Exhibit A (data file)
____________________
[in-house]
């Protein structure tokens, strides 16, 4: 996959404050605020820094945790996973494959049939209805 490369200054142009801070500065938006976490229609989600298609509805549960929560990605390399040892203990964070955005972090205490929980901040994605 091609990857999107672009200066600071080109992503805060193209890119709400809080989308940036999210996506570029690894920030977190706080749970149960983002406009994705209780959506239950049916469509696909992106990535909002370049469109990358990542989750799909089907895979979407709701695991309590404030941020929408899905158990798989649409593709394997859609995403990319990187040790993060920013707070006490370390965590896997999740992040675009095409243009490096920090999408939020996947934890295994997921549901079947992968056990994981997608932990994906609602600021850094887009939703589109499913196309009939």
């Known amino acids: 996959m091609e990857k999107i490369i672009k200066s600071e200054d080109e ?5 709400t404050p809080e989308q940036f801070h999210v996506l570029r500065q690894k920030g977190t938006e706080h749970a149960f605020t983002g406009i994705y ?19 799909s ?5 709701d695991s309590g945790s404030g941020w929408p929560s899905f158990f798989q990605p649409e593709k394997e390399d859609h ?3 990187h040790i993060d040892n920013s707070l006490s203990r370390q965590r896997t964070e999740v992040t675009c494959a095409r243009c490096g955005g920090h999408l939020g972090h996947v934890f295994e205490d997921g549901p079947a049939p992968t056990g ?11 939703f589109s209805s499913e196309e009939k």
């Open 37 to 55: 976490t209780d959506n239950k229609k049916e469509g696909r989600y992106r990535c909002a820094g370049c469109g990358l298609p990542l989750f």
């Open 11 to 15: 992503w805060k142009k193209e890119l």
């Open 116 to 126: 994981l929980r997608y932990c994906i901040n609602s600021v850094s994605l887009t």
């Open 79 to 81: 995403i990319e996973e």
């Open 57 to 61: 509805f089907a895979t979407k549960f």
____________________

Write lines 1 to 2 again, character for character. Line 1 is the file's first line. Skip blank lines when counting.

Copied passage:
[in-house]
């Protein structure tokens, strides 16, 4: 996959404050605020820094945790996973494959049939209805 490369200054142009801070500065938006976490229609989600298609509805549960929560990605390399040892203990964070955005972090205490929980901040994605 091609990857999107672009200066600071080109992503805060193209890119709400809080989308940036999210996506570029690894920030977190706080749970149960983002406009994705209780959506239950049916469509696909992106990535909002370049469109990358990542989750799909089907895979979407709701695991309590404030941020929408899905158990798989649409593709394997859609995403990319990187040790993060920013707070006490370390965590896997999740992040675009095409243009490096920090999408939020996947934890295994997921549901079947992968056990994981997608932990994906609602600021850094887009939703589109499913196309009939």